The Future of Channel Sales
The world is rapidly changing around us, driven by many forces we all recognize: globalization, digitization and the rise of the middle class around the world. This is impacting channel sales in a profound way.
As per the Brookings Institution’s new report on the expansion of the global middle class, over the last 15 years nearly 2 billion people around the world joined the middle class in developing countries, and 2 billion more are expected over the next 15 years. Each of these new consumer is going to buy products and services from providers who are essentially channel partners for certain primary brands. This applies to an array of basic consumption segments, like automotive, healthcare, real estate, finance, entertainment and so on. Pick any vertical: Sellers within it will have to carefully consider how to reach this rapidly expanding consumer base. Most will rely on channel sales because it would require overwhelming investment to rapidly reach such a large base of consumers directly.
The developed world, as we know it today—primarily the G7 countries—has created highly functional solutions for consumers and businesses over the past 50 to 100 years. In many cases, the gradual rise of the middle class in developed countries allowed most primary brands to reach out to consumers and business customers via a direct model. However, now that developing countries are growing at a much faster pace, and the number of buyers will increase exponentially over the next couple of decades, many primary brands will have no choice but to embrace channel sales as their primary go-to-market model.
That said, the future of channel sales will depend not only on how many buyers show up to procure products and services, but also how they choose to buy. Many will buy via online retailers. Already, growth in ecommerce over the past decade, led by Amazon, has reached phenomenal levels. Amazon is the ultimate example of the power of a broad channel. Driving channel sales via Amazon locally or globally is very different from driving sales through a franchise network. The lesson here? If you are responsible for worldwide channel sales activities, you have to think in very broad terms.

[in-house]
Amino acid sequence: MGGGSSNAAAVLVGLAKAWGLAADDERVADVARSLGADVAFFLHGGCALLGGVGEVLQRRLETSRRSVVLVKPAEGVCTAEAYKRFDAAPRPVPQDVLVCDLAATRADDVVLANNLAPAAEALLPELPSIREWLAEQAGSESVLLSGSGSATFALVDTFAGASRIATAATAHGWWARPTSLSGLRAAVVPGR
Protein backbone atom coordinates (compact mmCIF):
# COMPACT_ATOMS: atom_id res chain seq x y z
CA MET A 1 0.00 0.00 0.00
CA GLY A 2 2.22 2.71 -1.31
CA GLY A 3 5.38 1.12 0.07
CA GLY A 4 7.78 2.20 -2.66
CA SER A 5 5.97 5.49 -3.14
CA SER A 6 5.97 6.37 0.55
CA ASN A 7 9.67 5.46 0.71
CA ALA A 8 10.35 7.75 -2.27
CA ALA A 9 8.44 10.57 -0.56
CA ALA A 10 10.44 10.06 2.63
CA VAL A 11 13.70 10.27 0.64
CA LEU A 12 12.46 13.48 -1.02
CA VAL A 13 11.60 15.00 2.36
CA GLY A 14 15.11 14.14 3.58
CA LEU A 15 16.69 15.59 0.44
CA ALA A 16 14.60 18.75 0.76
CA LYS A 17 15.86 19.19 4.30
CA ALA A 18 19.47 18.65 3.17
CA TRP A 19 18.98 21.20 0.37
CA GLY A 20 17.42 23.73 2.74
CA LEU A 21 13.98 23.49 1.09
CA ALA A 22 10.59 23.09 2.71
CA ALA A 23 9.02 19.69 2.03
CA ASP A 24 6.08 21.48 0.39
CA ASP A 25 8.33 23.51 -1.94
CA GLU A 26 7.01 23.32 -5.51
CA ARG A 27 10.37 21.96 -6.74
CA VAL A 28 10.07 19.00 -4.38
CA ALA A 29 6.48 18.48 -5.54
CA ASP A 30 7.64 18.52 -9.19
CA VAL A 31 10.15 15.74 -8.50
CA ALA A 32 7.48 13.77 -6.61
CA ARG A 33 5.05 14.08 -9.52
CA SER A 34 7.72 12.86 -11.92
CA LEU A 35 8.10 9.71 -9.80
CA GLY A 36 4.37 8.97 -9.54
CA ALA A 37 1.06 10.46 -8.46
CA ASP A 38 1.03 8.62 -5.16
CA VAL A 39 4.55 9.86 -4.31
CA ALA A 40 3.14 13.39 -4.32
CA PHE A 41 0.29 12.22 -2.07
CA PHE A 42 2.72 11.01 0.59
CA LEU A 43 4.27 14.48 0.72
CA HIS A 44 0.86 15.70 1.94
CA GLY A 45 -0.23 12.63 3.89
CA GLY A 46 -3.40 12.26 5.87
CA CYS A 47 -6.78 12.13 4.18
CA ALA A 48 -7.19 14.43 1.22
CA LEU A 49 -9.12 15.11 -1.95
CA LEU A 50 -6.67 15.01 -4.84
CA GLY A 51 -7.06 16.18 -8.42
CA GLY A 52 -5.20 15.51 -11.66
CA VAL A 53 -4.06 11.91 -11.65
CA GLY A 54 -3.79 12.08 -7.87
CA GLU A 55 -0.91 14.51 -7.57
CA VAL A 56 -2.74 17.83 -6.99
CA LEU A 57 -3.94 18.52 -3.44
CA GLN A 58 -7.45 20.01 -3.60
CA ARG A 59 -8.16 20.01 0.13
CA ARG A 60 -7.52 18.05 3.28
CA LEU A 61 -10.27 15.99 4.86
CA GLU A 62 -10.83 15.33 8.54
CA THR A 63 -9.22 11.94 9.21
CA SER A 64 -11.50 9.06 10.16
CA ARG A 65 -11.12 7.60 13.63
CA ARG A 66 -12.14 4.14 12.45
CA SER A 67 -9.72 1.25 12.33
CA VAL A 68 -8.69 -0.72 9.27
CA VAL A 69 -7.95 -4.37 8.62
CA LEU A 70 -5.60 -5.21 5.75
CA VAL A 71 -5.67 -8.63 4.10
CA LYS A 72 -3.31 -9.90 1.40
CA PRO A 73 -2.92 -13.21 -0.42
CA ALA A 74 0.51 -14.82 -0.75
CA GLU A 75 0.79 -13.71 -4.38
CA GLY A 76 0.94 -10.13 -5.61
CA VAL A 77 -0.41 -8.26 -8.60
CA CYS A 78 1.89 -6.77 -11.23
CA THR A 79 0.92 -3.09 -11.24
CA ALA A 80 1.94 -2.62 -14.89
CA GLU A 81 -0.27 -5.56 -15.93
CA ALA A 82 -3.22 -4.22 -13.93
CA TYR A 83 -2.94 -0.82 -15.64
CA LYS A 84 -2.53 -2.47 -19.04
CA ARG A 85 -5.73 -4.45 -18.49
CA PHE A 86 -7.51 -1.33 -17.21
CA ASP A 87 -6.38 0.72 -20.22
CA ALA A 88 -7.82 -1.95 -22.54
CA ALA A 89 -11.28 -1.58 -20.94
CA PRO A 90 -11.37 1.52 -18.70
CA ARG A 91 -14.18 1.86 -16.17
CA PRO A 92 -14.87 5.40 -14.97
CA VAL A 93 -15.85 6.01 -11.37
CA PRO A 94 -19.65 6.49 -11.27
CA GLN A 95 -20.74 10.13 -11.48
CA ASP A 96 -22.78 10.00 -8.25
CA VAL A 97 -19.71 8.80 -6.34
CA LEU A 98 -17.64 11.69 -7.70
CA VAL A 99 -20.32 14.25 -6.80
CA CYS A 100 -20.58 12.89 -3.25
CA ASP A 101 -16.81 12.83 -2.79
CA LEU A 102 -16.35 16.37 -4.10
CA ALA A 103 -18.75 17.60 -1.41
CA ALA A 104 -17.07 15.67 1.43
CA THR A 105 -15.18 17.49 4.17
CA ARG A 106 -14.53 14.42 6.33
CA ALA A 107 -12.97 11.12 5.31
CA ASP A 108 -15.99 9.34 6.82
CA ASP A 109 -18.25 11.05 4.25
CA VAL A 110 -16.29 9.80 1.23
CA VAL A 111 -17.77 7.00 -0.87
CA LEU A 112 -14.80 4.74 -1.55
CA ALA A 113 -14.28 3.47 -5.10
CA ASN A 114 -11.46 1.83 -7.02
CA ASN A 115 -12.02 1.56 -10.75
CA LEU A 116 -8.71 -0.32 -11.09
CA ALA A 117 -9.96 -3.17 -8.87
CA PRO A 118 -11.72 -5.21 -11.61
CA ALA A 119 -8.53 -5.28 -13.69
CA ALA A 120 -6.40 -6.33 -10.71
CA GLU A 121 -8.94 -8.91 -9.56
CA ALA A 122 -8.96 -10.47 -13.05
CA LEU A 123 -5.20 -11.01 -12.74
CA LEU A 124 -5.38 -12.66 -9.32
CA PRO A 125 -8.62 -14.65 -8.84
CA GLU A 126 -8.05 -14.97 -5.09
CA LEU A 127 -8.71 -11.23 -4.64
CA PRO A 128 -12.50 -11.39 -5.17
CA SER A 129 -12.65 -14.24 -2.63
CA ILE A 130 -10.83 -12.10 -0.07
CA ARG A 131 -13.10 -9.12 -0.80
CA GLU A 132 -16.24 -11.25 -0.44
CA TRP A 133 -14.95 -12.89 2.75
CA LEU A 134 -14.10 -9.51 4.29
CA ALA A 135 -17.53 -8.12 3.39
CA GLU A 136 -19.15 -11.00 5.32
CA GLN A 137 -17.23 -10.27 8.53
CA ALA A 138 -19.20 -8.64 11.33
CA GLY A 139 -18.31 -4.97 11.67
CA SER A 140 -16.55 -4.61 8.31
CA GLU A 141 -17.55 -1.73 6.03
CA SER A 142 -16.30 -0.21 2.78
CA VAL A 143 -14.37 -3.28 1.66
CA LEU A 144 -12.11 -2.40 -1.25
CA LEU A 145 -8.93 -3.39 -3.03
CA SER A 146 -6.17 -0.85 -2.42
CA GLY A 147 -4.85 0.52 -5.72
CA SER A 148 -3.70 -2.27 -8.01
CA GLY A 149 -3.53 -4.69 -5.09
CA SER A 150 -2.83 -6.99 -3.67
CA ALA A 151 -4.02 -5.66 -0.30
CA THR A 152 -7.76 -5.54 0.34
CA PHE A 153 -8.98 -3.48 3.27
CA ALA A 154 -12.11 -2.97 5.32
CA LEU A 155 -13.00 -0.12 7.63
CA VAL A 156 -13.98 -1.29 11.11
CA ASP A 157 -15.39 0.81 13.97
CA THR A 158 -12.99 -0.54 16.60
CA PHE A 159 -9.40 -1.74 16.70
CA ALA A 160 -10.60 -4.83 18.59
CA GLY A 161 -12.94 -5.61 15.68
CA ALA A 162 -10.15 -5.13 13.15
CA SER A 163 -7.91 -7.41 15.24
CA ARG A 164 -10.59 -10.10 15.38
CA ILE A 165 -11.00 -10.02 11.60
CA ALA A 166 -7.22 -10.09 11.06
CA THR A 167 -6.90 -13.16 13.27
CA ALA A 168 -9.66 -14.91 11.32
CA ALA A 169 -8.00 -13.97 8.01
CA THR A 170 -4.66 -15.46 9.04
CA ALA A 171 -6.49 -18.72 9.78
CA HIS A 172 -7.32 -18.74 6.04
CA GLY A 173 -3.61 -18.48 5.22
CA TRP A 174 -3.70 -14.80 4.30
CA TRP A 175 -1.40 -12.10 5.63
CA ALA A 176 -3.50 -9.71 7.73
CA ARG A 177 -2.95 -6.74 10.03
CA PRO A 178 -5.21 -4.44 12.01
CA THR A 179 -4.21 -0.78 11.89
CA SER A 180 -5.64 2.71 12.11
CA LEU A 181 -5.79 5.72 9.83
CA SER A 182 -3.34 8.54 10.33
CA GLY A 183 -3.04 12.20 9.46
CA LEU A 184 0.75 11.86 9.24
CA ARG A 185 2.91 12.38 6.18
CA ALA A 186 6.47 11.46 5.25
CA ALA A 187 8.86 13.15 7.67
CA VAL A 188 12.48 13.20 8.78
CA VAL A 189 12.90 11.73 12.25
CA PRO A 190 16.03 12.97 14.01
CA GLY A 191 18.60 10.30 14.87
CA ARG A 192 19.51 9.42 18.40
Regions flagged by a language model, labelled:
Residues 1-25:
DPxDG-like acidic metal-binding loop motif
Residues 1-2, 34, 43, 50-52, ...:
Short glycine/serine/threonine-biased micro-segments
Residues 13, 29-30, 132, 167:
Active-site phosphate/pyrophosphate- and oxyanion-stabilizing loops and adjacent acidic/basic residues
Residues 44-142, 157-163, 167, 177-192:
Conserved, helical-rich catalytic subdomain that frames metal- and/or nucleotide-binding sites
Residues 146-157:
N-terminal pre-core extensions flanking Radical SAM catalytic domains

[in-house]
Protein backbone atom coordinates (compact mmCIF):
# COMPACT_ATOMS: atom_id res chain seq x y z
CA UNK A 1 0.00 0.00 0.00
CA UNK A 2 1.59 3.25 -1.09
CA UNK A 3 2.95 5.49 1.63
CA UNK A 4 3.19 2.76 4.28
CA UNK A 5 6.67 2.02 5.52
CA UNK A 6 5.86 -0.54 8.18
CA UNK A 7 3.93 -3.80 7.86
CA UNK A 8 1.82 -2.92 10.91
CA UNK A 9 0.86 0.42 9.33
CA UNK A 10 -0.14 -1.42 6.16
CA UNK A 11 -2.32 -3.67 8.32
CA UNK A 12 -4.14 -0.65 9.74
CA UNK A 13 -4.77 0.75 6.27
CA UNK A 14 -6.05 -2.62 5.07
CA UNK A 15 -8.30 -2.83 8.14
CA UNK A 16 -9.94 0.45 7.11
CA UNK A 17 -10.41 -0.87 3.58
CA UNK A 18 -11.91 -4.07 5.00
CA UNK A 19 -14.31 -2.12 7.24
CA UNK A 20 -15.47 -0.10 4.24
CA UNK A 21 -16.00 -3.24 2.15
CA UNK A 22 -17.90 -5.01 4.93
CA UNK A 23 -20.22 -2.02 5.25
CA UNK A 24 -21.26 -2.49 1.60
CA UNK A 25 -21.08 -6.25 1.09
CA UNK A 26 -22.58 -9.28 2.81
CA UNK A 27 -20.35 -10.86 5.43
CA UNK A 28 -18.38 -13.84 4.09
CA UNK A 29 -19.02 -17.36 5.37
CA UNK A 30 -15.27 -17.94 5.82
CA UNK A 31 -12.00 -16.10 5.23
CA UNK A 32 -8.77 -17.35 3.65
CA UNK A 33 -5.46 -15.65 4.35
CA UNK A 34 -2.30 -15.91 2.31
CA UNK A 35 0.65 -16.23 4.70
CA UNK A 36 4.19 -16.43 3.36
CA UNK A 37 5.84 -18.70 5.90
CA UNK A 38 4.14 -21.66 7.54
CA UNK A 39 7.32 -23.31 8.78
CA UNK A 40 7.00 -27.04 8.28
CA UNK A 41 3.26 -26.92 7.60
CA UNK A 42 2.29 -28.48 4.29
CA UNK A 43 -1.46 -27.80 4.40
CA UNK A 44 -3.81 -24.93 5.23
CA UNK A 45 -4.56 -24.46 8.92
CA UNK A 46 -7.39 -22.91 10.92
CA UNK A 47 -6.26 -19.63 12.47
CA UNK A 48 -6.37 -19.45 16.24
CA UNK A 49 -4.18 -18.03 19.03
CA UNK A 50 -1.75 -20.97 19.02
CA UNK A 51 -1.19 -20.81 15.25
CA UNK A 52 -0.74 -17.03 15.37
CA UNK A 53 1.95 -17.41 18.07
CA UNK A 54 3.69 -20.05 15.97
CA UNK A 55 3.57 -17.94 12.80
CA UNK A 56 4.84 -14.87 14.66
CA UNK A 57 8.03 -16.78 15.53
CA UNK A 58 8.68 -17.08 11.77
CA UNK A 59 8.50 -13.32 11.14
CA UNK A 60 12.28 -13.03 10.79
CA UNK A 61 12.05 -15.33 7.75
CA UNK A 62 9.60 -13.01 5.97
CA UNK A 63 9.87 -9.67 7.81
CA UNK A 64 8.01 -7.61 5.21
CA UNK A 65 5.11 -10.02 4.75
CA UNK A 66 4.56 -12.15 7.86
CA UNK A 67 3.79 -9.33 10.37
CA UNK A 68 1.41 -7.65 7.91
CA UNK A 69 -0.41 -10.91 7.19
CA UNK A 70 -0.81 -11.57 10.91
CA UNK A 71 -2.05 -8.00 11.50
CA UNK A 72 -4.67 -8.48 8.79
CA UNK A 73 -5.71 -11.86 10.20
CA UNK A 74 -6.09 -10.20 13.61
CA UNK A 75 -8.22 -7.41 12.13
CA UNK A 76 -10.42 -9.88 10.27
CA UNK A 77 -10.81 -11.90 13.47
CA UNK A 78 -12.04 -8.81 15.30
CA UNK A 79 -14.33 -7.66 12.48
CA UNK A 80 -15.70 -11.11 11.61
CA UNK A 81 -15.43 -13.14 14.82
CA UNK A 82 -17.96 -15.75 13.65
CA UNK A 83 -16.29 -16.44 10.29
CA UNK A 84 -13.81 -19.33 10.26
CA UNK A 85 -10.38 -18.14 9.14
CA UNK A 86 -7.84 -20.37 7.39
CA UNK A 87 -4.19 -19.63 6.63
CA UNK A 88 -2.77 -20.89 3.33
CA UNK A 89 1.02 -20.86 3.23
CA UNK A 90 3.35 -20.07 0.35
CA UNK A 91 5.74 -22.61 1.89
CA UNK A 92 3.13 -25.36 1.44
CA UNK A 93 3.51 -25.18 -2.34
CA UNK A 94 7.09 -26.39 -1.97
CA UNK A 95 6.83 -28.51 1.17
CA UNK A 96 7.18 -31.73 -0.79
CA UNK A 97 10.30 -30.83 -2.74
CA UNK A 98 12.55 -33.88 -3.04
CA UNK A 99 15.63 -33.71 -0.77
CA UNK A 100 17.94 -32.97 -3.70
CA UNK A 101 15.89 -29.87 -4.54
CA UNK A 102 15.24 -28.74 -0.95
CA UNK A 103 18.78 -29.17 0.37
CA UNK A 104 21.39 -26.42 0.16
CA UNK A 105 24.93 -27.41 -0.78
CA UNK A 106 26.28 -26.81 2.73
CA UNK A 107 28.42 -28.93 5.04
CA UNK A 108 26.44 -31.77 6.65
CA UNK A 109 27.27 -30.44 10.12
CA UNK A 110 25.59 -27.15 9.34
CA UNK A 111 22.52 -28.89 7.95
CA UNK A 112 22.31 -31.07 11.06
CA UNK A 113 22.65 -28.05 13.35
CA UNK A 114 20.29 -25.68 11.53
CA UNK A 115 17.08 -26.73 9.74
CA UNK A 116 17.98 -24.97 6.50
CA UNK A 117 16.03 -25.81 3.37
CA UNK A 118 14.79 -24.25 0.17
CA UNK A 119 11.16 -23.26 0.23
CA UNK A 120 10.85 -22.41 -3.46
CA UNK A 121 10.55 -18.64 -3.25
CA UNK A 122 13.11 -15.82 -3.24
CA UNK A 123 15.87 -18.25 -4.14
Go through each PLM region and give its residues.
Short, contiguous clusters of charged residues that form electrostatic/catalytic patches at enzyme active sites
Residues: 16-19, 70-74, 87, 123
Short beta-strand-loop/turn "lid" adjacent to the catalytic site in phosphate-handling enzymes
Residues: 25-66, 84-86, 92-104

In many cases, we can expect to see organizations rapidly organize around the new channel model. As channel sales becomes a major sources of revenue growth for most primary bands, we will see the age-old relationship-centric channel sales model change. The focus will shift to a more value-driven model. In fact, most enterprises have already moved into procuring solutions through a formal request for proposal (RFP) process, and this has virtually eliminated the relationship-centric model.
The days of hiring enterprise sales reps with a rich Rolodex of contacts are pretty much gone. RFP-based procurement has become standard, in part because enterprises want to ensure that there are no corrupt business processes during procurement, but also because enterprises are actually securing the best deal through procurement. But under this model, multiple bids by partners for the same deal—especially in the context of large enterprise procurement—becomes a pretty tricky proposition to support.
The point that I emphasize is this: In the not-so-distant future, channel sales will have to deal with the vast scale and unprecedented complexity of the channel. That means a primary brand may have no choice but to deal with a large retailer like Amazon, while at the same time a small group of solution providers may bundle the brand’s products to complete their engagement with their customer base. Understanding this go-to-market model will be critical for the success of channel sales, but so will investments in automation, market and customer research, and constant training and development of employees.
If you really want to understand the future of channel sales, I would suggest you consider the following primary forces: the rapid growth of the middle-class aka customer base, the highly diverse nature of channel partners, and the increasing complexity of the channel environment. Certainly, there will be many more opportunities than before, but to succeed you must build a channel sales organization that is process-, automation- and knowledge-driven, and is less focused on the one-to-one, relationship-centric model. Yes, relationships will always matter at a personal level, and it is hugely important to build an employee culture that has empathy at its core, because to err is human and every organization will make mistakes and may not always meet customer needs. However, at the end of the day, success will be achieved by a relentless focus on partner and customer value and the overall engagement experience—which again will be driven by process, automation and knowledge. A robust Channel Sales Automation platform such as ZINFI’s Partner Relationship Management (PRM) platform can not only facilitate ease the complexity of channel sales, but also substantially increase ROI.